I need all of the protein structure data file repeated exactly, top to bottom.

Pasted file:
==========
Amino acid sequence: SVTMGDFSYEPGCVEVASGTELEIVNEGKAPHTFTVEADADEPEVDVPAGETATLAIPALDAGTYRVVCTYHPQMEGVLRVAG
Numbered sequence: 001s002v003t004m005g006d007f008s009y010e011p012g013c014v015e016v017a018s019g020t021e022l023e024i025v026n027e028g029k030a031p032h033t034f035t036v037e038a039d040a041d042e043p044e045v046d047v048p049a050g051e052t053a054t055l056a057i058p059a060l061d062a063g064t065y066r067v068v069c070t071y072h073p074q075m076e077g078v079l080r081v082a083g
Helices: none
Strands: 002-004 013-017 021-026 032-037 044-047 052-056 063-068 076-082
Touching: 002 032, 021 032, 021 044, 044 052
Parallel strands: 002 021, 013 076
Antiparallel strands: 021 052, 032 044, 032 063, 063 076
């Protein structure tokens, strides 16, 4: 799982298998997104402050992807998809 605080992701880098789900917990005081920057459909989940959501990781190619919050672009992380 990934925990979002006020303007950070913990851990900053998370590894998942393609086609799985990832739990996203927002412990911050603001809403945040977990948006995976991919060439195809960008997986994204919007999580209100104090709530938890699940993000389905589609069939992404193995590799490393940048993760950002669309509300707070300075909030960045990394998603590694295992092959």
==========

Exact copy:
Amino acid sequence: SVTMGDFSYEPGCVEVASGTELEIVNEGKAPHTFTVEADADEPEVDVPAGETATLAIPALDAGTYRVVCTYHPQMEGVLRVAG
Numbered sequence: 001s002v003t004m005g006d007f008s009y010e011p012g013c014v015e016v017a018s019g020t021e022l023e024i025v026n027e028g029k030a031p032h033t034f035t036v037e038a039d040a041d042e043p044e045v046d047v048p049a050g051e052t053a054t055l056a057i058p059a060l061d062a063g064t065y066r067v068v069c070t071y072h073p074q075m076e077g078v079l080r081v082a083g
Helices: none
Strands: 002-004 013-017 021-026 032-037 044-047 052-056 063-068 076-082
Touching: 002 032, 021 032, 021 044, 044 052
Parallel strands: 002 021, 013 076
Antiparallel strands: 021 052, 032 044, 032 063, 063 076
């Protein structure tokens, strides 16, 4: 799982298998997104402050992807998809 605080992701880098789900917990005081920057459909989940959501990781190619919050672009992380 990934925990979002006020303007950070913990851990900053998370590894998942393609086609799985990832739990996203927002412990911050603001809403945040977990948006995976991919060439195809960008997986994204919007999580209100104090709530938890699940993000389905589609069939992404193995590799490393940048993760950002669309509300707070300075909030960045990394998603590694295992092959």